Suffolk Bird flu outbreak leads to 27,000 chicken cull

11 December 2019, 06:01 | Updated: 11 December 2019, 12:42

Around 27,000 chickens will be culled
Around 27,000 chickens will be culled. Picture: PA
EJ Ward

By EJ Ward

A chicken farm in Suffolk has been struck by bird flu with authorities imposing an exclusion zone and warning tens of thousands of chickens will have to be culled.

A one-kilometre exclusion zone is in place around a chicken farm in Athelington after the Government confirmed a strain of "low pathogenic avian flu" had been detected.

All 27,000 birds at the commercial farm will be humanely destroyed after a number were found to have the H5 strain of avian flu.

The restricted zone is in place as authorities attempt to stop the disease spreading,

Public Health England has said the risk to public health is very low and the Food Standards Agency has said food safety is not at risk.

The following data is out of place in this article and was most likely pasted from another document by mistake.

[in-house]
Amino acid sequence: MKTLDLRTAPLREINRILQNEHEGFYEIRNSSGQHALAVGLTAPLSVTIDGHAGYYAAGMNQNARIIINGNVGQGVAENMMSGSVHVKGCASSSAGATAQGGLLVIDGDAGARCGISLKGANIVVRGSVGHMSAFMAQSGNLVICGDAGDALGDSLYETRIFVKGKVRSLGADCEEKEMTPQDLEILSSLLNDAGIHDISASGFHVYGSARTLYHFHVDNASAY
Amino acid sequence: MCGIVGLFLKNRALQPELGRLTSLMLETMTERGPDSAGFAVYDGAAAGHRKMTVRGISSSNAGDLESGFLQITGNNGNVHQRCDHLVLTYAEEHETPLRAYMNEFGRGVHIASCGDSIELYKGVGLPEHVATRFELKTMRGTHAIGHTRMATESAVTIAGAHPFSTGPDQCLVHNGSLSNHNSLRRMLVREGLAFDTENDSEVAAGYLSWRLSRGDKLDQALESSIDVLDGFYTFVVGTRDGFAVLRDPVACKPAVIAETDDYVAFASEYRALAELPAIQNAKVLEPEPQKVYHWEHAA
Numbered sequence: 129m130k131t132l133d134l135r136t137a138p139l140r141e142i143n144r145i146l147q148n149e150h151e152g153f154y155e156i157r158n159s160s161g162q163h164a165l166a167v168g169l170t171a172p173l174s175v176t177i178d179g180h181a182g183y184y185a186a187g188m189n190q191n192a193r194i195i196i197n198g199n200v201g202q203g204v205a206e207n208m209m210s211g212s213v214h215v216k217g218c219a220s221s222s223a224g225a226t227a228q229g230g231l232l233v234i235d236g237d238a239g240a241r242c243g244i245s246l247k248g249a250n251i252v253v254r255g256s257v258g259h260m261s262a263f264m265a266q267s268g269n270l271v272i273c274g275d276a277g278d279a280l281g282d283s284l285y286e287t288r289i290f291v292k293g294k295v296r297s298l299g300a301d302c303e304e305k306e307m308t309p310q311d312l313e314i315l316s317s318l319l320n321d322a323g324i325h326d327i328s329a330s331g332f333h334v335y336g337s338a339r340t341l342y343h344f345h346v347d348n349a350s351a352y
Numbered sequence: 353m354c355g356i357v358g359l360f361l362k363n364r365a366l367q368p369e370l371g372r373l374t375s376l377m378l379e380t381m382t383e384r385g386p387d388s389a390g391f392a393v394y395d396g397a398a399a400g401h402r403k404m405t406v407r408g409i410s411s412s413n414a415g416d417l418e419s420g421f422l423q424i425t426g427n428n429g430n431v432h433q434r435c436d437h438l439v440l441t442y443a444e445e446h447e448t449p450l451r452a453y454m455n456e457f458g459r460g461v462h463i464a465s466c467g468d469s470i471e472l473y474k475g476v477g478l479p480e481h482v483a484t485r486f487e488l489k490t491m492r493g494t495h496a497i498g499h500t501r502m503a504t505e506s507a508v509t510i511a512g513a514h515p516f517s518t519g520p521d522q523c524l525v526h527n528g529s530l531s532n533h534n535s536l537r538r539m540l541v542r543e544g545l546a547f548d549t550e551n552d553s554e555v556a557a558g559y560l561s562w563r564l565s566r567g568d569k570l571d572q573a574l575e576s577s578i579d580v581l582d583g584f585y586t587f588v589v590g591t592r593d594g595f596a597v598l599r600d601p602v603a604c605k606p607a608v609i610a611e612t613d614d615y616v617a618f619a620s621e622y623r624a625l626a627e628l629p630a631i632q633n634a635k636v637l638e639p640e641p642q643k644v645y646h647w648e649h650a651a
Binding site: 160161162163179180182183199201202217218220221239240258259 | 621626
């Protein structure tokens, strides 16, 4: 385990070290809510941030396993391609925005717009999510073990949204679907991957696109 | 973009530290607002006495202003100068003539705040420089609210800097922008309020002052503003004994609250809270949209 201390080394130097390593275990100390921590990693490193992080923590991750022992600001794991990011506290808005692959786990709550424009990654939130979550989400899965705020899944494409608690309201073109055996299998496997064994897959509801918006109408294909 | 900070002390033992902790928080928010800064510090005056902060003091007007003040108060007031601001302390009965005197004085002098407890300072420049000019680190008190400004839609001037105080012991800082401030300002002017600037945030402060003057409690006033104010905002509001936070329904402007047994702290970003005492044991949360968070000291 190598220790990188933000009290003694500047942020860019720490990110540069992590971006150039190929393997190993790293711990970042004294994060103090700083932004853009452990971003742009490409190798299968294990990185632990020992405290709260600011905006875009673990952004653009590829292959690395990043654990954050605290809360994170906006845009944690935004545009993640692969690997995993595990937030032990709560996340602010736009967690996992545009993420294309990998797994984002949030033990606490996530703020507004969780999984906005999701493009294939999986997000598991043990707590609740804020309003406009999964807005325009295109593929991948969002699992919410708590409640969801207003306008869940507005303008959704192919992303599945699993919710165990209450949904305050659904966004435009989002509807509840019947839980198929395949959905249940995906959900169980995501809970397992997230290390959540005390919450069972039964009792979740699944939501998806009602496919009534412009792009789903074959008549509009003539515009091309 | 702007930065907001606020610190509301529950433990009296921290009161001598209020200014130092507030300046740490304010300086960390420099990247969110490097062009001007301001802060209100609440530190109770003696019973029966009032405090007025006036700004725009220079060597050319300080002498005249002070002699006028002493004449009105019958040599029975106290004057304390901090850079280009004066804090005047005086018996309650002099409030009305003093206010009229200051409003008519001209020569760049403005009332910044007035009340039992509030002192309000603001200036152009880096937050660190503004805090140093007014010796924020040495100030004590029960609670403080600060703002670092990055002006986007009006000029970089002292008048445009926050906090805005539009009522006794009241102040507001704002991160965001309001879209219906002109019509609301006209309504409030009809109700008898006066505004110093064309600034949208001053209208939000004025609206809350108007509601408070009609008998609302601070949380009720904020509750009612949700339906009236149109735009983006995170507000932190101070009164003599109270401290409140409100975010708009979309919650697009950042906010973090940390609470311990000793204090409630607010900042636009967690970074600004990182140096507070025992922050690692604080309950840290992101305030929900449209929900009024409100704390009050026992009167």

The British Poultry Council said there was no link to the Christmas turkey market, which was "unaffected" by the case.

Suffolk poultry farmer Alaistaire Brice, who farms near to the exclusion zone, said the outbreak was a concern for bird farmers but not the wider public.

He said: "It is a difficult one to take, especially at this time of year. We know it is always in the background but last year was quite an easy year for us with regards to the risks of managing birds."

The exclusion zone
The exclusion zone. Picture: DEFRA

Chief Veterinary Officer Christine Middlemiss said: "Bird keepers should remain alert for any signs of disease, report suspected disease immediately and ensure they are maintaining good biosecurity on their premises.

"We are urgently looking for any evidence of disease spread associated with this strain to control and eliminate it."

Dr Gavin Dabrera, a public health consultant at Public Health England, added: "Avian flu (often called bird flu) is primarily a disease of birds and the risk to the general public's health is very low.

"As a precaution, we are offering public health advice and antivirals to those who had contact with the affected birds, as is standard practice."

A detailed investigation is underway to determine the most likely source of the outbreak.

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